THE new A-Class has ditched its old mini-MPV packaging and is now a sporty hatchback. James Batchelor has driven it.
What is it?
Mercedes-Benz calls this the most important car they’ve offered for a generation – and that’s quite some statement. But it’s easy to understand their enthusiasm. The new A is longer, lower and wider than its predecessor. Gone is the old A-Class’s mini-MPV styling and safety-first packaging, and in comes a more conventional premium hatchback look. It’s only available as a five-door version but there’s a coupe and mini-SUV on the cards.
What’s under the bonnet?
Kicking off the line-up is the A 180 BlueEFFICIENCY – a 1.6-litre, 120bhp petrol which emits 129g/km of CO2 and can achieve 51.4mpg combined. There’s also a 154bhp 1.6 and a 209bhp 2.0-litre. For diesel the line-up ranges from a 98g/km, 1.4-litre unit with 107bhp, right up to a 2.1-litre, 168bhp unit. The most popular engines are expected to be the 1.4-litre diesel and the 1.8-litre diesel. Coming next year is the hot A 45 AMG.
What’s the spec like?
There’s a vast range of models. The line-up starts with the A 180 for £18,945, which comes with air conditioning, a multifunction steering wheel and stop/start. For now, the range peaks with the Engineered by AMG at £28,775. The pick of the line-up is the mid-spec Sport – which ranges from £21,240 to £24,720, and has niceties such as 17-inch bi-colour alloys, cruise control, carbon-fibre-like interior trim and twin exhausts.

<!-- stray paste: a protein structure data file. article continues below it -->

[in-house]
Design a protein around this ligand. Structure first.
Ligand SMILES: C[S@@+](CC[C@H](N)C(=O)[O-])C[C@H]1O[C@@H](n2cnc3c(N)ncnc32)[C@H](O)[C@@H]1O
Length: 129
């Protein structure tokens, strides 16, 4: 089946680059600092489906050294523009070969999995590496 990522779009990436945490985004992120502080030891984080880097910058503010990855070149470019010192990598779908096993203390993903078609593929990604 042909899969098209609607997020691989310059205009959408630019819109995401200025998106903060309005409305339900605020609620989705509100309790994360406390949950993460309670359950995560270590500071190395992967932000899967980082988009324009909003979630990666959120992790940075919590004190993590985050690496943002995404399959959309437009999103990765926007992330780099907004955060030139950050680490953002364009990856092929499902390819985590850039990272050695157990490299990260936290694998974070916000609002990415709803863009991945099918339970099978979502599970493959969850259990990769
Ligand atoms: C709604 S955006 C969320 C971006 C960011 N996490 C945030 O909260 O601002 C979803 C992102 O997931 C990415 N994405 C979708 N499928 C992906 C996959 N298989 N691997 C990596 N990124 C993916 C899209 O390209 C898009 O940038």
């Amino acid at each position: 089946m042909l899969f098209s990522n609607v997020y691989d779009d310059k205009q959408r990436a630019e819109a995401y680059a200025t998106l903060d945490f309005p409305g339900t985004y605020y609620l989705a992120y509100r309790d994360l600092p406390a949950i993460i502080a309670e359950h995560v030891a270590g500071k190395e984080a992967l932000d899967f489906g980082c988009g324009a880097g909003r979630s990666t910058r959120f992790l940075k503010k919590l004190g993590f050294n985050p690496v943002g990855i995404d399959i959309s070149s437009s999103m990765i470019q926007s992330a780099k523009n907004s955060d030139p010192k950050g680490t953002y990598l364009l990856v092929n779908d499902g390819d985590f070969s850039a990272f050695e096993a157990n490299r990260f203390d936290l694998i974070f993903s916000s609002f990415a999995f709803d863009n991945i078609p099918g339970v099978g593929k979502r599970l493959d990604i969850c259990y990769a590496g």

What’s it like to drive?
It may share the same name with the old A-Class, but there’s no wobbly body control with this new one; this is a very competent machine. Mercedes has worked hard to give the A-Class a neutral driving experience – no understeer or oversteer – and it has worked. Cornering is flat, the steering weighty, the driving position is close to spot-on and the new seven-speed dual clutch gearbox is a peach. The ride, however, seems unnecessarily hard for UK roads, spoiling the driving experience a little.
What do the press think of it?
Autocar said: ‘The new A-Class is a divisive car. It appeals with its new looks and sporty demeanour, but its hard ride may limit its chances of success in the UK.’ Meanwhile, the Daily Telegraph said: ‘With the right suspension, the new A-class has a fine ride combined with some of the best engines in the game.’ Auto Express liked the car but felt the ‘ride is just too firm’. Honest John concluded: ‘The A-Class struggles to compete with the BMW 1 Series for handling. Will have to shake off dull image of previous Mercedes A-Class.’
What do we think of it?
Mercedes has built a class act here. The firm has sold 2.1 million units of the A-Class since its introduction in 1997 – but, interesting looks aside, both the Mk1 and Mk2 never got your pulse racing. This new one does; it’s not as fun to drive as a BMW 1 Series, but it’s far more stimulating than the new Audi A3. It’s one of the best Mercedes in recent years.